Just months after the California allegations in 1989, Pinal was allowed to resume priest work. He ministered in indigenous villages in and around Tepoztlán, a small town near Mexico City known for archaeological sites. He also served for decades in parishes in the Diocese of Cuernavaca.
Now 68, Pinal ministers from his home, where he has letters showing the church in Sacramento kept him on the payroll as it helped him find a new assignment. Pinal enjoyed a friendly correspondence with the then-Sacramento bishop and officials in charge of Hispanic ministry. In the months after the allegations, they advised him to work in Mexico for a “long period (5-6 years)” before returning to the states. Letters from the bishop were warmly signed “con cariño,” or with affection.
Failure of Judgment, Betrayal of Trust
“This was a grave failure of judgment and a betrayal of trust,” the current Sacramento bishop, Jaime Soto, said after correspondence between his predecessor and Pinal was released to Mr. Torres’ attorney through litigation. “The safety of children is our highest priority. In 1989, those in leadership failed. (I) must own and atone for this.”
After being contacted by reporters, the Diocese of Sacramento acknowledged that the characterization that Pinal “fled” to Mexico is incorrect. In recent days, the diocese revised the list to “more accurately reflect the circumstances of his 1989 departure.”
Since 2018, many Catholic dioceses and religious orders in the U.S., including Sacramento, have released lists of clergy deemed credibly accused of sexually abusing children. Others updated and expanded lists they had already made public. For the church, the wave of disclosures has been a belated reckoning with the extent of the sexual abuse crisis that was exposed two decades ago.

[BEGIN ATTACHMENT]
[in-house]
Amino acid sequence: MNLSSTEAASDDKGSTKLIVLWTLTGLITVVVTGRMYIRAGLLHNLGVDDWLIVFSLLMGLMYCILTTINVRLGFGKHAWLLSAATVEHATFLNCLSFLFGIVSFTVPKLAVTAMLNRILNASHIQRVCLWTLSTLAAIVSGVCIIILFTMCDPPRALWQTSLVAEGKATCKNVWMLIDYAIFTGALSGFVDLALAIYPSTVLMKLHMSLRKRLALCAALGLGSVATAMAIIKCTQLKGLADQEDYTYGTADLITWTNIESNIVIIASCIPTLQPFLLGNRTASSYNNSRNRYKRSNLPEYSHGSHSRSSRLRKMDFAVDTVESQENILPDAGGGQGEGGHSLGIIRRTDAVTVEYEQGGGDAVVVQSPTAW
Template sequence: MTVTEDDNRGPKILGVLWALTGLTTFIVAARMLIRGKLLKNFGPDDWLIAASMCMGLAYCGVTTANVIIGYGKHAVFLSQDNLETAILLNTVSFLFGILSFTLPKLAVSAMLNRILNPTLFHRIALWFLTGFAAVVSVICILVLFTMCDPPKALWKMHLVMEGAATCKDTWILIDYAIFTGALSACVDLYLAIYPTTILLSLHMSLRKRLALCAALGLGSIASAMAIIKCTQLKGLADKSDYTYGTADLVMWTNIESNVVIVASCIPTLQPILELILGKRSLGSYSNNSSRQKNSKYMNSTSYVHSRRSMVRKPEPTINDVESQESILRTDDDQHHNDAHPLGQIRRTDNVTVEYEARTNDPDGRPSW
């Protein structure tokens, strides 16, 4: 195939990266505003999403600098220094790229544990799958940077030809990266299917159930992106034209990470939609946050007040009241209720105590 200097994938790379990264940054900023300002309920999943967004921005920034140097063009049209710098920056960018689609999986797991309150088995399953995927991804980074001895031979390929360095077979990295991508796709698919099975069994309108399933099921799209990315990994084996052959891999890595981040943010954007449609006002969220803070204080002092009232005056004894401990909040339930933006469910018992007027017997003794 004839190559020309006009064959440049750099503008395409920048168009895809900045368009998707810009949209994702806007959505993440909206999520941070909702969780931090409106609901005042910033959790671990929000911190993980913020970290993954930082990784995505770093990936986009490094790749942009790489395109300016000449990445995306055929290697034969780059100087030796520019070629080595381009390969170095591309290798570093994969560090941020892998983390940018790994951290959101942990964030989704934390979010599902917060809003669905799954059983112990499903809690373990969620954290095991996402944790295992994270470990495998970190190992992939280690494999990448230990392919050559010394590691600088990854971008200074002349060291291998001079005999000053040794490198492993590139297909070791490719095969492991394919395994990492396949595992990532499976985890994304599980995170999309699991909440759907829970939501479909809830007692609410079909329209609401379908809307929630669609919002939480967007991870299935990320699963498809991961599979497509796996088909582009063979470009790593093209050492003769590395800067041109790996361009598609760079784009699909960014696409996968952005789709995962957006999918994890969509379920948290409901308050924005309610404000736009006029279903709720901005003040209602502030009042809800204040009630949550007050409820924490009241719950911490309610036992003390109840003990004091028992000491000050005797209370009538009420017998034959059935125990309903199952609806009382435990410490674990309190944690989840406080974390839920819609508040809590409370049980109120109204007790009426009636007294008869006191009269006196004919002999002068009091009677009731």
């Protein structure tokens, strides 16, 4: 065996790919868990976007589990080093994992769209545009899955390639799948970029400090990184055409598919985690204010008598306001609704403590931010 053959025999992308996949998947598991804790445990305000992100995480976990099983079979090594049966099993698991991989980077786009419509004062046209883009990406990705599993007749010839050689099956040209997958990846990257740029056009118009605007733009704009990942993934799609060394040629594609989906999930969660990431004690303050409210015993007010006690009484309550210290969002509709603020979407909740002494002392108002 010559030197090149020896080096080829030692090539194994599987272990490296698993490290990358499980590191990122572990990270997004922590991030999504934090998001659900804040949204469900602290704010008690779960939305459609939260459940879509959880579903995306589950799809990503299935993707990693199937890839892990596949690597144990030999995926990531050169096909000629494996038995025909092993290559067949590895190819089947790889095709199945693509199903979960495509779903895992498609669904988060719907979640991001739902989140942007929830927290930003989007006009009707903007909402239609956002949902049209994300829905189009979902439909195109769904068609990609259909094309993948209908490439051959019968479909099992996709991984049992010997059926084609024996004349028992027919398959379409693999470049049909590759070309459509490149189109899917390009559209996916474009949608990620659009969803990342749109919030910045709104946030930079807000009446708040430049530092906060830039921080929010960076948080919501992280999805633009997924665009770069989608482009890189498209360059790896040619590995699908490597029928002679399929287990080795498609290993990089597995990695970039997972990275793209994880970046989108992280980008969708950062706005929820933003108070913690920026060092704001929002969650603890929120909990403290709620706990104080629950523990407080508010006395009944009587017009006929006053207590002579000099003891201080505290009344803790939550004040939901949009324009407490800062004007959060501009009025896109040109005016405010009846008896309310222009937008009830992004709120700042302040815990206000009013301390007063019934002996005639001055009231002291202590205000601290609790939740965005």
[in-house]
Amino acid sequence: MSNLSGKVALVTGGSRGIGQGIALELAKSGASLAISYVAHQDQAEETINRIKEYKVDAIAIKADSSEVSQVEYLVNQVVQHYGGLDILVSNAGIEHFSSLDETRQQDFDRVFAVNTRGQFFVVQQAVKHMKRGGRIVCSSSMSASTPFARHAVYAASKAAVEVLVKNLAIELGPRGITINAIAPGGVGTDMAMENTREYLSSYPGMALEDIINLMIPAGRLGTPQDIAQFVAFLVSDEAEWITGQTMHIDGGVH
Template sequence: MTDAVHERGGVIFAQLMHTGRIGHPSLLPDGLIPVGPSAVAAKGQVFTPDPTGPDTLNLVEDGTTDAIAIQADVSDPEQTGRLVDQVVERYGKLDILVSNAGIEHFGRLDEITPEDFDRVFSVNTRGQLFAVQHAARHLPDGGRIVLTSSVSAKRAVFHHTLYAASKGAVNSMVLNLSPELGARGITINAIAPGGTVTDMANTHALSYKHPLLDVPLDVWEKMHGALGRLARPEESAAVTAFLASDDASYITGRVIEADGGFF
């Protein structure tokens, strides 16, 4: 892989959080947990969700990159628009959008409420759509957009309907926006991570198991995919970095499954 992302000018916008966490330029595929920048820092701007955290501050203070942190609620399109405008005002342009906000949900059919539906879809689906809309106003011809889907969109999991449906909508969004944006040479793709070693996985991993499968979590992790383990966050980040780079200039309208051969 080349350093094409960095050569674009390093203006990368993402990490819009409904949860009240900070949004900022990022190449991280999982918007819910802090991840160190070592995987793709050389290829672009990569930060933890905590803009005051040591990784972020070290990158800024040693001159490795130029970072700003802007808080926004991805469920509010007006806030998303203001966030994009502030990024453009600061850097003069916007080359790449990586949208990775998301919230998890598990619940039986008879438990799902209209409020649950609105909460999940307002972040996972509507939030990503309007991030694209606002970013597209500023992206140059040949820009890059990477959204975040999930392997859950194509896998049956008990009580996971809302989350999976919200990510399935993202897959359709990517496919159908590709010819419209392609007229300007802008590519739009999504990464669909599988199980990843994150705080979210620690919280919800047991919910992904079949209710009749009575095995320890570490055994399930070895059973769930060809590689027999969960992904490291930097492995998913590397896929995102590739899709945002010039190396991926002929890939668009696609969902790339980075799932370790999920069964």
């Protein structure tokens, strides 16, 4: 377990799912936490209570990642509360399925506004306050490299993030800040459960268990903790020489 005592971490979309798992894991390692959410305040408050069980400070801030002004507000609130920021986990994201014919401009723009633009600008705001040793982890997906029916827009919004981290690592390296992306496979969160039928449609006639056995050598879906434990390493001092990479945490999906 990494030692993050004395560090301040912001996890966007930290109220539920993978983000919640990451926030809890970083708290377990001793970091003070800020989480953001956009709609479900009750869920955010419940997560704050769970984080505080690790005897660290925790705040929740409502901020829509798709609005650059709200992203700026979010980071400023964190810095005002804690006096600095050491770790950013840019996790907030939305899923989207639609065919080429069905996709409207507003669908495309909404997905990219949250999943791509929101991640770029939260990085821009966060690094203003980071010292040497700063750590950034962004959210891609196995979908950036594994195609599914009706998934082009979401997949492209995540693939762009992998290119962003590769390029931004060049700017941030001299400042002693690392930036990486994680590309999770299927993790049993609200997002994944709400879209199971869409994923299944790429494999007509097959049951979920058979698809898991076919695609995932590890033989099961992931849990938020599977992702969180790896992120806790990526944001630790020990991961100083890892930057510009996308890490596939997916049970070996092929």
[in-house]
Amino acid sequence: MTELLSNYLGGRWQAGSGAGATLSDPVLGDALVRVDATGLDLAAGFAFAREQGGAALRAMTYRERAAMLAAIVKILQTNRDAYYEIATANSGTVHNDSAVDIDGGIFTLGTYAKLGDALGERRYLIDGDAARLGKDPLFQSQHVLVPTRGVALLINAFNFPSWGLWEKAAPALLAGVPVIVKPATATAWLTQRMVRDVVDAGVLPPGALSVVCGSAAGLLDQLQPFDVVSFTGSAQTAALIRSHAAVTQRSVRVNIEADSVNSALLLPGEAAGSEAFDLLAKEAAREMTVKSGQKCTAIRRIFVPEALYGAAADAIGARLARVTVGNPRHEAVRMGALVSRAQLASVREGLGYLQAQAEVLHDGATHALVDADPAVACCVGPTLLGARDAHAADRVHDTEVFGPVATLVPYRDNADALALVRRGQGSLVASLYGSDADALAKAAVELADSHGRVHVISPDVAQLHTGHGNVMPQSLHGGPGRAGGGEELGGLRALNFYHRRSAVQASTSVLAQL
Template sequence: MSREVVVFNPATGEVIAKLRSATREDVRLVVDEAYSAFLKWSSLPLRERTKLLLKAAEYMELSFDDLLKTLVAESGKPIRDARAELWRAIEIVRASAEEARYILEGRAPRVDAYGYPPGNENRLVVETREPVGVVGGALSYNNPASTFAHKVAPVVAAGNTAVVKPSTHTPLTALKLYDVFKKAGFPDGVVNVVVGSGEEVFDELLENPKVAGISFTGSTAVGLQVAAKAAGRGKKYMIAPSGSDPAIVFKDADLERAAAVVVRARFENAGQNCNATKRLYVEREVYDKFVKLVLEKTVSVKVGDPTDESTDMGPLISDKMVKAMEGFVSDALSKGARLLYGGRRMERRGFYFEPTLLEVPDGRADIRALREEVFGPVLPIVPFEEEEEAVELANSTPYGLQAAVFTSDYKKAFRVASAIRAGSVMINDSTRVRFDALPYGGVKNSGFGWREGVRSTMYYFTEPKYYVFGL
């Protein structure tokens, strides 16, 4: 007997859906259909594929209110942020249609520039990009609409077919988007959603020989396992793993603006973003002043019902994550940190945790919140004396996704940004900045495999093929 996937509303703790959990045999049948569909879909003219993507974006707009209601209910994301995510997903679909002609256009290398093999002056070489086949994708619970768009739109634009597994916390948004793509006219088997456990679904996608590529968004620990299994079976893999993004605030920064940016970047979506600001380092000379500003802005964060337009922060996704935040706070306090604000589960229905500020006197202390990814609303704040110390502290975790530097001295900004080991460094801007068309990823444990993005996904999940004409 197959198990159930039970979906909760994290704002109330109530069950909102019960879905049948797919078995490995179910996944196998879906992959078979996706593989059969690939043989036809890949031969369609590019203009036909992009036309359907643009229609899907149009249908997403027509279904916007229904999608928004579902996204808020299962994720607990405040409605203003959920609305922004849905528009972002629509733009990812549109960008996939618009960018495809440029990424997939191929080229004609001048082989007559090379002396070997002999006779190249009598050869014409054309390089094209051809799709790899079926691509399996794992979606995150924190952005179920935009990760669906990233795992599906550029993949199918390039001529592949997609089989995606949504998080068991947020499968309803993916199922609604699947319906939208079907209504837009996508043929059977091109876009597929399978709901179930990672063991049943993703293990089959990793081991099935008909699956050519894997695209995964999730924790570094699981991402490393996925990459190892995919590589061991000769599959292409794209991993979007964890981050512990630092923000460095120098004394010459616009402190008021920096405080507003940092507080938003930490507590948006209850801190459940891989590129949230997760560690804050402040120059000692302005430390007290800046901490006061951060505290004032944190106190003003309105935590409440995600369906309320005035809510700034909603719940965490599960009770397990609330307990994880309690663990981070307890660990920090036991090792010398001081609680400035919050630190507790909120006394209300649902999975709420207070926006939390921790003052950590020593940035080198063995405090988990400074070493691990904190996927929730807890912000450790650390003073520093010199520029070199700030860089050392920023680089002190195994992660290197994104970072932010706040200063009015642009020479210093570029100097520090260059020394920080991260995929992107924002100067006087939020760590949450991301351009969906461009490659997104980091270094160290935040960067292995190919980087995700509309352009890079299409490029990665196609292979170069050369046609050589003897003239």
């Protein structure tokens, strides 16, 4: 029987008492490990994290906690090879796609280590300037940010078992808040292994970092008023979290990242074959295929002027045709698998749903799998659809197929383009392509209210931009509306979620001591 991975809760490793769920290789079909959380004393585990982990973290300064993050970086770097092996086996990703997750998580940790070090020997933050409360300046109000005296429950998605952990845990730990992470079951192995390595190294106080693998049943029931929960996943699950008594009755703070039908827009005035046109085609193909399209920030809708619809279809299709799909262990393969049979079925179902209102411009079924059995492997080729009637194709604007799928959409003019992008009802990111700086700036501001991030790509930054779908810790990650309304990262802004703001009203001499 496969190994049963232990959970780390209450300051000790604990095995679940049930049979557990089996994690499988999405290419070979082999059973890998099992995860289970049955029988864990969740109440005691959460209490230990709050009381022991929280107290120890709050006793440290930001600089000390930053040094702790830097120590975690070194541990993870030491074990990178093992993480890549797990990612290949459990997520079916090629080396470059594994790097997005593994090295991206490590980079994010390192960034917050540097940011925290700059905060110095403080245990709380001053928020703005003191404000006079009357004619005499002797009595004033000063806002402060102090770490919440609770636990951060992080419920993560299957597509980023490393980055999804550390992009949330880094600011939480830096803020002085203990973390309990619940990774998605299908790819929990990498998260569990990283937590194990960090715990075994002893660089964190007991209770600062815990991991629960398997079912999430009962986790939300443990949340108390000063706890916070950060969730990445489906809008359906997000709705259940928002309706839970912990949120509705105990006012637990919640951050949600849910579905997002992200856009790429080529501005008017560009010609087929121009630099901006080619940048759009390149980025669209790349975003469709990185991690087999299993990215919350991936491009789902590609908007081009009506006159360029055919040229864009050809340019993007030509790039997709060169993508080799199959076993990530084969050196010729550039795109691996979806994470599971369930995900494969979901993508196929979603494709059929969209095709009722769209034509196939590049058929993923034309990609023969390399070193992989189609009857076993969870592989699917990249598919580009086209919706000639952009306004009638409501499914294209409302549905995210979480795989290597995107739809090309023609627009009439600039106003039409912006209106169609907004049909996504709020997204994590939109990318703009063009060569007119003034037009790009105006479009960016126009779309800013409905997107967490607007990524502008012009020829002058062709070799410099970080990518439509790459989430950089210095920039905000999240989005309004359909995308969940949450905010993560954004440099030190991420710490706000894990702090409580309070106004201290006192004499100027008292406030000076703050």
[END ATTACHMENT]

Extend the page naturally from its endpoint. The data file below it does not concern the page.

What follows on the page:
But the 178 lists made public as of January 2020 and compiled into a searchable database by ProPublica revealed a web of incomplete and often inconsistent information.
Church Leaders Continued Failure and Dishonesty
Often the lists didn’t specify a clergyman’s current status and location. And while dioceses frequently claim to know nothing about a priest’s whereabouts, reporters with ProPublica and the Chronicle found them on church websites, in religious publications, on social media sites. Church leaders often failed to report allegations to police, to pursue permanent restrictions within the church, to heed or offer warnings about priests facing allegations. In at least four cases, church leaders helped priests’ move abroad.
The omissions, inconsistencies and other shortcomings undercut the church’s professed desire to repair its relationship with millions of disaffected Catholics.
“Everything church leaders do that fails the test of transparency undermines any level of trust they’re trying to build, or that they say they’re trying to build,” said David Matthews, whose law firm represents more than 100 victims of priest abuse.